Today’s security leaders must manage a constantly evolving attack surface and a dynamic threat environment due to interconnected devices, cloud services, IoT technologies, and hybrid work environments. Adversaries are constantly introducing new attack techniques, and not all companies have internal Red Teams or unlimited security resources to stay on top of the latest threats.
Many organizations take a conventional approach to vulnerability management, documenting their assets and identifying associated vulnerabilities, often on a rigid schedule. One of the problems with the current strategy is that it compels defenders to think in lists, while hackers think in graphs. Malicious actors start with identifying their targets and what matters to them is to find even a single pathway to gain access to the crown jewels.
1) Understand Attackers Tactics
Adopting a hacker’s mindset helps security leaders anticipate potential breach points and build their defense.
This starts with a realistic understanding of the techniques malicious actors use to get from A to Z. This means that defenders must prepare for brute force attacks, loaders, keyloggers, exploit kits, and other rapidly deployable tactics.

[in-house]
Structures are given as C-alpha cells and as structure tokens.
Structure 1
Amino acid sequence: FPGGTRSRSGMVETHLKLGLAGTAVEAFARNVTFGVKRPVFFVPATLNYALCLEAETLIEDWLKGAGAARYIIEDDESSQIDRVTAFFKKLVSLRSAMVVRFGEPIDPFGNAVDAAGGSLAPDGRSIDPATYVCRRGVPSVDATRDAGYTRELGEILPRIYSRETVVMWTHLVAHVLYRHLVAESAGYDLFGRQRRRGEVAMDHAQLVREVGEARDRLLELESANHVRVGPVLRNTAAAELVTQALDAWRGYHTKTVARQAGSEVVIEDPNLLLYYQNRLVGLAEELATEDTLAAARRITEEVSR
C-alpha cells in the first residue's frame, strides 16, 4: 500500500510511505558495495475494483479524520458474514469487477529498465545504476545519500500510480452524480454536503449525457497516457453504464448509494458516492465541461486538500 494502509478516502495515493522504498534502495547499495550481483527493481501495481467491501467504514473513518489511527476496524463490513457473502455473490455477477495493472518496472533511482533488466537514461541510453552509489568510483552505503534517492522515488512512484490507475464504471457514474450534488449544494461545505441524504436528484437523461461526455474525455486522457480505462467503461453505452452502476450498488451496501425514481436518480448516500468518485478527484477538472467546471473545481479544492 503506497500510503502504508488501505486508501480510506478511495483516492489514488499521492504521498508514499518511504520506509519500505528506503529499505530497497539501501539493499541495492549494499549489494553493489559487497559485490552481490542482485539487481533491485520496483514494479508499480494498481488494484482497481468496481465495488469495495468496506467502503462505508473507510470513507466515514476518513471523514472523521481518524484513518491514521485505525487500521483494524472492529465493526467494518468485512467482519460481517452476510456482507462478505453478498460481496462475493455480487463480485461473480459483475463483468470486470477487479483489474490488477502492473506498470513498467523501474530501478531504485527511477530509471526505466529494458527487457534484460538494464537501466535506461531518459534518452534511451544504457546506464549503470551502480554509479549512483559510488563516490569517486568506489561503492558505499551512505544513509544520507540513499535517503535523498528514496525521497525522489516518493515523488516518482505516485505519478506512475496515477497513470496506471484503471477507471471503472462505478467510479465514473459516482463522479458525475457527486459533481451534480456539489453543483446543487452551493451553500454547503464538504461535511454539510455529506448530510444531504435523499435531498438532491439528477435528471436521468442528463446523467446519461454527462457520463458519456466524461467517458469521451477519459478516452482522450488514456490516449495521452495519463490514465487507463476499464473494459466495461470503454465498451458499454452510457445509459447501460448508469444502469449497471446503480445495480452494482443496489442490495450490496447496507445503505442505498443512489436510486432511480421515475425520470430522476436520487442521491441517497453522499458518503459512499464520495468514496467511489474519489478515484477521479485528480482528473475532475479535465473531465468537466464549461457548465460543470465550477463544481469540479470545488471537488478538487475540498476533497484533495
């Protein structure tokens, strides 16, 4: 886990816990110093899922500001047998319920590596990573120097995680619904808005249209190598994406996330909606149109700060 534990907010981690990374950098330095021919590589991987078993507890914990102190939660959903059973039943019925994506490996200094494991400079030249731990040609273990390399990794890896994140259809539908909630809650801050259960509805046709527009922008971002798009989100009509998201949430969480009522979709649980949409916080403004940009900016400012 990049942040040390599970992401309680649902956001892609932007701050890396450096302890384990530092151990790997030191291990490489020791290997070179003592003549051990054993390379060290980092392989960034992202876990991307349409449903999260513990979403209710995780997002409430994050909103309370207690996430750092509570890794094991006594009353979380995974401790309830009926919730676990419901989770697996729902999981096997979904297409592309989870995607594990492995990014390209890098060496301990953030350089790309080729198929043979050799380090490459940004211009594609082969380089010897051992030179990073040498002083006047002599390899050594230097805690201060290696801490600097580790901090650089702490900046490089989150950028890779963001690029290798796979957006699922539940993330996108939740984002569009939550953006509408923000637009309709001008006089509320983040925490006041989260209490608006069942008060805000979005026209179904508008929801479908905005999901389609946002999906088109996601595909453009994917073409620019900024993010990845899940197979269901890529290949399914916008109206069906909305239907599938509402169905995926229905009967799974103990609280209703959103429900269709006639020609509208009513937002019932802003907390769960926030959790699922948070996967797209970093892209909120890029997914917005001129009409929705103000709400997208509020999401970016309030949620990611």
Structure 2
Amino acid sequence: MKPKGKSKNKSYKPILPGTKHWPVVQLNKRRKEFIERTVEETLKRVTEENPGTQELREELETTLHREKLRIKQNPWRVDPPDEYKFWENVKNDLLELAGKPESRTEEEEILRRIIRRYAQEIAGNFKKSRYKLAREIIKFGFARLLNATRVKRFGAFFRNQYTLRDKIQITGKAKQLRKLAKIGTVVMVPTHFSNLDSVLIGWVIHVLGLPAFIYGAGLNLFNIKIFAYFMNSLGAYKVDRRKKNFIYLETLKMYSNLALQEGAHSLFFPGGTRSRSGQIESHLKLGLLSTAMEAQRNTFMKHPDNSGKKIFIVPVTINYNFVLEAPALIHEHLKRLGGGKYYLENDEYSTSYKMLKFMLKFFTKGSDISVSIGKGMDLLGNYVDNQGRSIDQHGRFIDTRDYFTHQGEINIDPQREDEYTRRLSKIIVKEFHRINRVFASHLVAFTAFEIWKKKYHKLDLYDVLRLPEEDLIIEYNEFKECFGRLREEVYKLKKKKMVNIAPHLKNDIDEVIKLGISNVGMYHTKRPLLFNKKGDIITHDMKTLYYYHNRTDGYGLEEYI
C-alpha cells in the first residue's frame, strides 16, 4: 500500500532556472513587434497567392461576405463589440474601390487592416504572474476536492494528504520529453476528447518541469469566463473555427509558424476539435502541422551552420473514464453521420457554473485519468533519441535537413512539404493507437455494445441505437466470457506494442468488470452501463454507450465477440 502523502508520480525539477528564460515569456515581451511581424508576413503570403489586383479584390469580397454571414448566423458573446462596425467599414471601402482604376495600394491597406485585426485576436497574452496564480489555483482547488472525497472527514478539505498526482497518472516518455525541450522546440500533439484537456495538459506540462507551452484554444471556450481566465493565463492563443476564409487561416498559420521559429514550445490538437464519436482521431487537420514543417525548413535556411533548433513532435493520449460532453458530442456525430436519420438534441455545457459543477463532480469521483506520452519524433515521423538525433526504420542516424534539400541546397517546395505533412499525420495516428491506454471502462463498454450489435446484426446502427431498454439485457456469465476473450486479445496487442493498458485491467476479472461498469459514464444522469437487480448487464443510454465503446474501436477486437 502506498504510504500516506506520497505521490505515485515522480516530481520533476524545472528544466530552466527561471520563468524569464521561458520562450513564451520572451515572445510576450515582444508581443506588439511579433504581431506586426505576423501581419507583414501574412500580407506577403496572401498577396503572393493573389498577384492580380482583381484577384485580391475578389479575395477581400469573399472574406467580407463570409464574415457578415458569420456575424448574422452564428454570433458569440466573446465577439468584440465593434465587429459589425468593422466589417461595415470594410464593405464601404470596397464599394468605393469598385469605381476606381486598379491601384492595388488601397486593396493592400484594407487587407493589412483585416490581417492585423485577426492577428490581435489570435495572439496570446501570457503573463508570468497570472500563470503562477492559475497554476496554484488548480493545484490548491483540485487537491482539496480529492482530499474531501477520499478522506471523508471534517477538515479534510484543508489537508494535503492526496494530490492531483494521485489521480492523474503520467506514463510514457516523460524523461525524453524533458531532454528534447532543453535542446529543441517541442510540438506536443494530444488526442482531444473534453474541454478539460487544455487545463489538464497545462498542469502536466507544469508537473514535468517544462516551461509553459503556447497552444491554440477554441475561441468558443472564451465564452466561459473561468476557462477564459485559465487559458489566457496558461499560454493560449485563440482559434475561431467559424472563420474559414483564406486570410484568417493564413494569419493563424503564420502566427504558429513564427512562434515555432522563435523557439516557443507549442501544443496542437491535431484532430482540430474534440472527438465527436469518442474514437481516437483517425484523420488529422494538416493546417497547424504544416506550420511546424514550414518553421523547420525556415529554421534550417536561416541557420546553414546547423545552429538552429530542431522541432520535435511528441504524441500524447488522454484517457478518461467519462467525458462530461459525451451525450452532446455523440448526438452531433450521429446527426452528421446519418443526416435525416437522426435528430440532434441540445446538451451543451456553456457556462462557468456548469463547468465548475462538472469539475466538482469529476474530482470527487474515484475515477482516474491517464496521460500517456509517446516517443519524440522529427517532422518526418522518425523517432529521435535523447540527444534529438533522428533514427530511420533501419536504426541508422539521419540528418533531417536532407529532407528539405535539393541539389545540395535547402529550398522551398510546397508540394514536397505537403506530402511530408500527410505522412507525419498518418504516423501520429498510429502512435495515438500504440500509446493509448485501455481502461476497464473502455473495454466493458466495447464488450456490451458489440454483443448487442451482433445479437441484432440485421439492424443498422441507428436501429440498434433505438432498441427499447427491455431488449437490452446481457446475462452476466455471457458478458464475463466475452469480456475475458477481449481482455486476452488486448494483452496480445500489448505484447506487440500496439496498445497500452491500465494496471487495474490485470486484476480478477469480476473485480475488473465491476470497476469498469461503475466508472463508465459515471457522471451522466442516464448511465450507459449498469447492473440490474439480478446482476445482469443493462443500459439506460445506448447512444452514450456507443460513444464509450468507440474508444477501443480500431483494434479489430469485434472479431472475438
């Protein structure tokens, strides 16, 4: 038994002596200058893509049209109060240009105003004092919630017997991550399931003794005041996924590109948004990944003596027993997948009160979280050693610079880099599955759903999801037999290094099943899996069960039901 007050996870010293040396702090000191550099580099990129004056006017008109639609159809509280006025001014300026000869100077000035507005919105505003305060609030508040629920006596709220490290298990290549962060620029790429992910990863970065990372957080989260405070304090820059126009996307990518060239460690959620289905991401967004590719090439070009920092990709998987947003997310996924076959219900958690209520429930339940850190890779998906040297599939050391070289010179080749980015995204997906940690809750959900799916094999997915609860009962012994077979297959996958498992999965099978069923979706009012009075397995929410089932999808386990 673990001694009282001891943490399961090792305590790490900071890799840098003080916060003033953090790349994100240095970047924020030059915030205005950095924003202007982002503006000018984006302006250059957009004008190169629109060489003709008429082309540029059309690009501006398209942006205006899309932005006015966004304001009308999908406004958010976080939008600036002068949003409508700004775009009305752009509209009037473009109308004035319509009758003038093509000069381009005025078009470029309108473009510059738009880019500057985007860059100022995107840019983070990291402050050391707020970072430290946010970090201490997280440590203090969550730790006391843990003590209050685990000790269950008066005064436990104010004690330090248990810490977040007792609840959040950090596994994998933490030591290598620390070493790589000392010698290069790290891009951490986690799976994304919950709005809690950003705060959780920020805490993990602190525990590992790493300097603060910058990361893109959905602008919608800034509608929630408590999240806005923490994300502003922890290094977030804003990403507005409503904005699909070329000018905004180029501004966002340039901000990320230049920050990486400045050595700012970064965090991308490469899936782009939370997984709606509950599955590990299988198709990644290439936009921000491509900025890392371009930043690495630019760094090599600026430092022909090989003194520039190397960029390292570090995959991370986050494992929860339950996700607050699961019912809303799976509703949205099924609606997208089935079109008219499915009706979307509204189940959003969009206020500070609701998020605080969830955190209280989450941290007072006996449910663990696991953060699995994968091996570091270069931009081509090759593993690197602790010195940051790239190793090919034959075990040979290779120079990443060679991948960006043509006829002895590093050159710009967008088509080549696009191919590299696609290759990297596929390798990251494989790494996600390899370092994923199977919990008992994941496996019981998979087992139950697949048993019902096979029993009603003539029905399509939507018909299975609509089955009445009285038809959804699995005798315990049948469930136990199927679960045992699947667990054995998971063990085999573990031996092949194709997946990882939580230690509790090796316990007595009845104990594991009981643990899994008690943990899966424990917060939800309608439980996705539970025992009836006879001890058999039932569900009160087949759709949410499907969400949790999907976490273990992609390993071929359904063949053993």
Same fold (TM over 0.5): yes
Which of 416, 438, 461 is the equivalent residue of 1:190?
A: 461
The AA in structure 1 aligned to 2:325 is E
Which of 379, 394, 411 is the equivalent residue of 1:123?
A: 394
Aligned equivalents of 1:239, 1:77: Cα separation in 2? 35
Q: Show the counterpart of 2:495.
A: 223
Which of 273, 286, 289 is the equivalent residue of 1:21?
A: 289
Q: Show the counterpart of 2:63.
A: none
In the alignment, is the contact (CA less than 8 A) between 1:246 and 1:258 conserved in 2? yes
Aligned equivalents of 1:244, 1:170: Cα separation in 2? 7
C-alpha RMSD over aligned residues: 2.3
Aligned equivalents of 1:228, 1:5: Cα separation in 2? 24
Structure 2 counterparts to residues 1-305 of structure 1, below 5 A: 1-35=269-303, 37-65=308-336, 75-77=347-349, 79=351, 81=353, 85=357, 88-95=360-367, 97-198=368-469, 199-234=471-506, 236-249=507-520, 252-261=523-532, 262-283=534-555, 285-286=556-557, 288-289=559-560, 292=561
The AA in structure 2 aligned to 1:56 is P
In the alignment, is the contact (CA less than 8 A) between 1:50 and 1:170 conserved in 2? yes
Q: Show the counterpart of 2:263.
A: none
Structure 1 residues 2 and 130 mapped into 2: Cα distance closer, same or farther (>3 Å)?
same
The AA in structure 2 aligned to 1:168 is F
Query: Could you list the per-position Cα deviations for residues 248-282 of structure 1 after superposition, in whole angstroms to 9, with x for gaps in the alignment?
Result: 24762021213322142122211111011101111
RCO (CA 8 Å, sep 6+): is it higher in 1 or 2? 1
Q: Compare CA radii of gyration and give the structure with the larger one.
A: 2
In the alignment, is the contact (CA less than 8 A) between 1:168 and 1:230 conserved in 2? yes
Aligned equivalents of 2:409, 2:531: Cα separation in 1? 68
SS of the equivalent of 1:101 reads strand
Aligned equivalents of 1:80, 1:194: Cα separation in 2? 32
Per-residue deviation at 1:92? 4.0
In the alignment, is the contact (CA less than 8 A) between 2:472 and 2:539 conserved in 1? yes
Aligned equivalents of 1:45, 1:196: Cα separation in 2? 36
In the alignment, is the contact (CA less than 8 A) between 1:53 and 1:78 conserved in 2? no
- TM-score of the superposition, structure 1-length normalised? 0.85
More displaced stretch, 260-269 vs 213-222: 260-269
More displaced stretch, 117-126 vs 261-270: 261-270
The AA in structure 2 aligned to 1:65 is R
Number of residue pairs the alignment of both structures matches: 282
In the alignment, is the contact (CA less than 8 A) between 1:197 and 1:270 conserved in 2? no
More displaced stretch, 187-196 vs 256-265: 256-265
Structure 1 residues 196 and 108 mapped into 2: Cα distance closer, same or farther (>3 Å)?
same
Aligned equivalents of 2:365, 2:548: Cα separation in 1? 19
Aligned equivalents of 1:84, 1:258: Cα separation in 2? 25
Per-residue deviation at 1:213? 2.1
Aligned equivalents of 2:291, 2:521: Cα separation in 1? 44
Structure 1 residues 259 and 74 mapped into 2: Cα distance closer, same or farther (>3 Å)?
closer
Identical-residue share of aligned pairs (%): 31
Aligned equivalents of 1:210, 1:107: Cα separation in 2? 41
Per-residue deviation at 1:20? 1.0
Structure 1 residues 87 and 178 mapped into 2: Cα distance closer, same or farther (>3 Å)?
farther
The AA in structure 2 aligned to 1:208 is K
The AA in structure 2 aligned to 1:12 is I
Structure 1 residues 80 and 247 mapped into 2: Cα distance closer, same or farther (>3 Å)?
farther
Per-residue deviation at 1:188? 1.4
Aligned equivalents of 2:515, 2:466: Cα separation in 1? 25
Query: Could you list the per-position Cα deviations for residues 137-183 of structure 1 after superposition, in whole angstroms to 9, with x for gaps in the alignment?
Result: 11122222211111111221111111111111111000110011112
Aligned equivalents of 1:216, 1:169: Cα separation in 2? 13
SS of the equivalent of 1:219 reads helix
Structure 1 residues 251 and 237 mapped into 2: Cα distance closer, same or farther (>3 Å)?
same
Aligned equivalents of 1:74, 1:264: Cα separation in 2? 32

Security teams must also evaluate their responses to these tactics in real-world scenarios. Testing in a lab environment is a good start, but peace of mind only comes when directly evaluating production systems. Similarly, simulations are informative, but teams must go a step further and see how their defenses stand up to penetration tests and robust emulated attacks.
2) Reveal Complete Attack Paths, Step by Step
No vulnerability exists in isolation. Hackers almost always combine multiple vulnerabilities to form a complete attack path. As a result, security leaders must be able to visualize the “big picture” and test their entire environment. By identifying the critical paths attackers could take from reconnaissance through exploitation and impact, defenders can prioritize and remediate effectively.
3) Prioritize Remediation Based on Impact
Hackers typically look for the path of least resistance. This means that you should address your exploitable paths with the most impact first. From there, you can work your way through incrementally less-likely scenarios as resources allow.
Leaders should also consider the potential business impact of the vulnerabilities they need to remediate. For example, a single network misconfiguration or a single user with excessive permissions can lead to many possible attack paths. Prioritizing high-value assets and critical security gaps helps you avoid the trap of spreading your resources too thin across your entire attack surface.
4) Validate the Effectiveness of Your Security Investments
Testing the real-world efficacy of security products and procedures is critical. For instance – is your EDR properly detecting suspicious activity? Is the SIEM sending alerts as expected? How fast does your SOC respond? And most importantly, how effectively do all of the tools in your security stack interact together? These tests are essential as you measure your efforts.